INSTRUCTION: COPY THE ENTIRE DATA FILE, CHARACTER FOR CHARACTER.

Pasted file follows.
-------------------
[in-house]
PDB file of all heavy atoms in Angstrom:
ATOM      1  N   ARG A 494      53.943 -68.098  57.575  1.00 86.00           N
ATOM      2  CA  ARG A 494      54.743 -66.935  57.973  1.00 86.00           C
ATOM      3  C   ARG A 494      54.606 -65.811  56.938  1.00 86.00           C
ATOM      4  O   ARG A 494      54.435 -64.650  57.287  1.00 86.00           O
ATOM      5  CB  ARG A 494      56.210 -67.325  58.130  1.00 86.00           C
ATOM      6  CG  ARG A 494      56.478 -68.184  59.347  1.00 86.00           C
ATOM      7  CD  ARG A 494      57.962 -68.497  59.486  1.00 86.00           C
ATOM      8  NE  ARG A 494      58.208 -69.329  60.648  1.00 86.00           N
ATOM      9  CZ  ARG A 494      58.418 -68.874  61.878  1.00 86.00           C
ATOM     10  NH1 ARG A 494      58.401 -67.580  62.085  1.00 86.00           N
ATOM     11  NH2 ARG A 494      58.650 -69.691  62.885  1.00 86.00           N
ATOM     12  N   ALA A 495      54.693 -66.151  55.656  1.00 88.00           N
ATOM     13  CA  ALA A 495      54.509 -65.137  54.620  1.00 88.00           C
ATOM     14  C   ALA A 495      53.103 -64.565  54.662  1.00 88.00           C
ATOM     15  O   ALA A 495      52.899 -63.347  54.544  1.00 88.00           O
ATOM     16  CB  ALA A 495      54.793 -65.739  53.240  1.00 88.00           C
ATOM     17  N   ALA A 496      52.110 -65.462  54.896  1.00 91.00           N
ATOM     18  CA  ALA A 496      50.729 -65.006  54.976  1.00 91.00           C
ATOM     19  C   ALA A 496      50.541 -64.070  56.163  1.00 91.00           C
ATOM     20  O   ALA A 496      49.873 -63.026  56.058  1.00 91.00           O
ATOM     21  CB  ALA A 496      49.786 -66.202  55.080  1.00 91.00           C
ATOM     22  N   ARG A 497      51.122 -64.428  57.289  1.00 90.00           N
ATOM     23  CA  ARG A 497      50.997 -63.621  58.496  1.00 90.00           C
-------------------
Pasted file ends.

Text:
[in-house]
PDB file of all heavy atoms in Angstrom:
ATOM      1  N   ARG A 494      53.943 -68.098  57.575  1.00 86.00           N
ATOM      2  CA  ARG A 494      54.743 -66.935  57.973  1.00 86.00           C
ATOM      3  C   ARG A 494      54.606 -65.811  56.938  1.00 86.00           C
ATOM      4  O   ARG A 494      54.435 -64.650  57.287  1.00 86.00           O
ATOM      5  CB  ARG A 494      56.210 -67.325  58.130  1.00 86.00           C
ATOM      6  CG  ARG A 494      56.478 -68.184  59.347  1.00 86.00           C
ATOM      7  CD  ARG A 494      57.962 -68.497  59.486  1.00 86.00           C
ATOM      8  NE  ARG A 494      58.208 -69.329  60.648  1.00 86.00           N
ATOM      9  CZ  ARG A 494      58.418 -68.874  61.878  1.00 86.00           C
ATOM     10  NH1 ARG A 494      58.401 -67.580  62.085  1.00 86.00           N
ATOM     11  NH2 ARG A 494      58.650 -69.691  62.885  1.00 86.00           N
ATOM     12  N   ALA A 495      54.693 -66.151  55.656  1.00 88.00           N
ATOM     13  CA  ALA A 495      54.509 -65.137  54.620  1.00 88.00           C
ATOM     14  C   ALA A 495      53.103 -64.565  54.662  1.00 88.00           C
ATOM     15  O   ALA A 495      52.899 -63.347  54.544  1.00 88.00           O
ATOM     16  CB  ALA A 495      54.793 -65.739  53.240  1.00 88.00           C
ATOM     17  N   ALA A 496      52.110 -65.462  54.896  1.00 91.00           N
ATOM     18  CA  ALA A 496      50.729 -65.006  54.976  1.00 91.00           C
ATOM     19  C   ALA A 496      50.541 -64.070  56.163  1.00 91.00           C
ATOM     20  O   ALA A 496      49.873 -63.026  56.058  1.00 91.00           O
ATOM     21  CB  ALA A 496      49.786 -66.202  55.080  1.00 91.00           C
ATOM     22  N   ARG A 497      51.122 -64.428  57.289  1.00 90.00           N
ATOM     23  CA  ARG A 497      50.997 -63.621  58.496  1.00 90.00           C